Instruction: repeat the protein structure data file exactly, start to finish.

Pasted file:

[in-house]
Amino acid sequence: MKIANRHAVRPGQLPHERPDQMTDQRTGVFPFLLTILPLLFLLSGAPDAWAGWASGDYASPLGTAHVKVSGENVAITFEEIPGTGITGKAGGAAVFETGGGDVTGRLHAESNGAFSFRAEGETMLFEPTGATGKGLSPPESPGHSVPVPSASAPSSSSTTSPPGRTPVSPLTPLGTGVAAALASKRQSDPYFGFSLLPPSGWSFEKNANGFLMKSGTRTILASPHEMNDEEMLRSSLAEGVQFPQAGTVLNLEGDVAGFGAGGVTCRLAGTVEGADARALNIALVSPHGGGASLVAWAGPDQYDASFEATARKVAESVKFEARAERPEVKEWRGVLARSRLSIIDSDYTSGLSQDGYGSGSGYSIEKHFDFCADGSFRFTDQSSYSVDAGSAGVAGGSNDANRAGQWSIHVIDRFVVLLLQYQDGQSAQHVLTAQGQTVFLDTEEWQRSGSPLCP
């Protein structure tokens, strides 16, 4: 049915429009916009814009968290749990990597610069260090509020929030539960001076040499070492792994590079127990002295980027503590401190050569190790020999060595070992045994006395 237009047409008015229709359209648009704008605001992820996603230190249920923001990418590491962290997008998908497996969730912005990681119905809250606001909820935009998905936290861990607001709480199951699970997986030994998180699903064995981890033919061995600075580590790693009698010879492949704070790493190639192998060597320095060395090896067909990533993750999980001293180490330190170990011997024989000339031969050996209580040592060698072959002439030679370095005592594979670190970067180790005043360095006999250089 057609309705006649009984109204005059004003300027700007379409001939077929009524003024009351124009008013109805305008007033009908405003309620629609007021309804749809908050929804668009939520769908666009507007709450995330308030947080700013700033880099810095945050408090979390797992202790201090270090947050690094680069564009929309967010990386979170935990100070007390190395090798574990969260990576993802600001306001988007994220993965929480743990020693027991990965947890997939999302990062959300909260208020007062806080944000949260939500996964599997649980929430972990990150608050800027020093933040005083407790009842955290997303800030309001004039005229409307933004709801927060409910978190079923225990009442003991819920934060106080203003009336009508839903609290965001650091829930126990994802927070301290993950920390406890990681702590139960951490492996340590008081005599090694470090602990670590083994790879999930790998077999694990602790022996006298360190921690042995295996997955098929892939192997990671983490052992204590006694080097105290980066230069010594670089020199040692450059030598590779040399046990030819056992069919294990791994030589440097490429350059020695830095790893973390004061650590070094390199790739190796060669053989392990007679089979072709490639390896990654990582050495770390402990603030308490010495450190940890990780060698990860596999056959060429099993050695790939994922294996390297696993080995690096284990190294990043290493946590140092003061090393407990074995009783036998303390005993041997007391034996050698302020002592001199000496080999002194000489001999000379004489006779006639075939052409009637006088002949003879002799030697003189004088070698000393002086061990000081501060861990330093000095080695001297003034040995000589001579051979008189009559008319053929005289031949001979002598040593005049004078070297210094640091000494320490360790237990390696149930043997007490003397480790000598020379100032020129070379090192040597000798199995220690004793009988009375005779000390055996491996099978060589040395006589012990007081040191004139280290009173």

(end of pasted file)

[in-house]
Amino acid sequence: MKIANRHAVRPGQLPHERPDQMTDQRTGVFPFLLTILPLLFLLSGAPDAWAGWASGDYASPLGTAHVKVSGENVAITFEEIPGTGITGKAGGAAVFETGGGDVTGRLHAESNGAFSFRAEGETMLFEPTGATGKGLSPPESPGHSVPVPSASAPSSSSTTSPPGRTPVSPLTPLGTGVAAALASKRQSDPYFGFSLLPPSGWSFEKNANGFLMKSGTRTILASPHEMNDEEMLRSSLAEGVQFPQAGTVLNLEGDVAGFGAGGVTCRLAGTVEGADARALNIALVSPHGGGASLVAWAGPDQYDASFEATARKVAESVKFEARAERPEVKEWRGVLARSRLSIIDSDYTSGLSQDGYGSGSGYSIEKHFDFCADGSFRFTDQSSYSVDAGSAGVAGGSNDANRAGQWSIHVIDRFVVLLLQYQDGQSAQHVLTAQGQTVFLDTEEWQRSGSPLCP
């Protein structure tokens, strides 16, 4: 049915429009916009814009968290749990990597610069260090509020929030539960001076040499070492792994590079127990002295980027503590401190050569190790020999060595070992045994006395 237009047409008015229709359209648009704008605001992820996603230190249920923001990418590491962290997008998908497996969730912005990681119905809250606001909820935009998905936290861990607001709480199951699970997986030994998180699903064995981890033919061995600075580590790693009698010879492949704070790493190639192998060597320095060395090896067909990533993750999980001293180490330190170990011997024989000339031969050996209580040592060698072959002439030679370095005592594979670190970067180790005043360095006999250089 057609309705006649009984109204005059004003300027700007379409001939077929009524003024009351124009008013109805305008007033009908405003309620629609007021309804749809908050929804668009939520769908666009507007709450995330308030947080700013700033880099810095945050408090979390797992202790201090270090947050690094680069564009929309967010990386979170935990100070007390190395090798574990969260990576993802600001306001988007994220993965929480743990020693027991990965947890997939999302990062959300909260208020007062806080944000949260939500996964599997649980929430972990990150608050800027020093933040005083407790009842955290997303800030309001004039005229409307933004709801927060409910978190079923225990009442003991819920934060106080203003009336009508839903609290965001650091829930126990994802927070301290993950920390406890990681702590139960951490492996340590008081005599090694470090602990670590083994790879999930790998077999694990602790022996006298360190921690042995295996997955098929892939192997990671983490052992204590006694080097105290980066230069010594670089020199040692450059030598590779040399046990030819056992069919294990791994030589440097490429350059020695830095790893973390004061650590070094390199790739190796060669053989392990007679089979072709490639390896990654990582050495770390402990603030308490010495450190940890990780060698990860596999056959060429099993050695790939994922294996390297696993080995690096284990190294990043290493946590140092003061090393407990074995009783036998303390005993041997007391034996050698302020002592001199000496080999002194000489001999000379004489006779006639075939052409009637006088002949003879002799030697003189004088070698000393002086061990000081501060861990330093000095080695001297003034040995000589001579051979008189009559008319053929005289031949001979002598040593005049004078070297210094640091000494320490360790237990390696149930043997007490003397480790000598020379100032020129070379090192040597000798199995220690004793009988009375005779000390055996491996099978060589040395006589012990007081040191004139280290009173």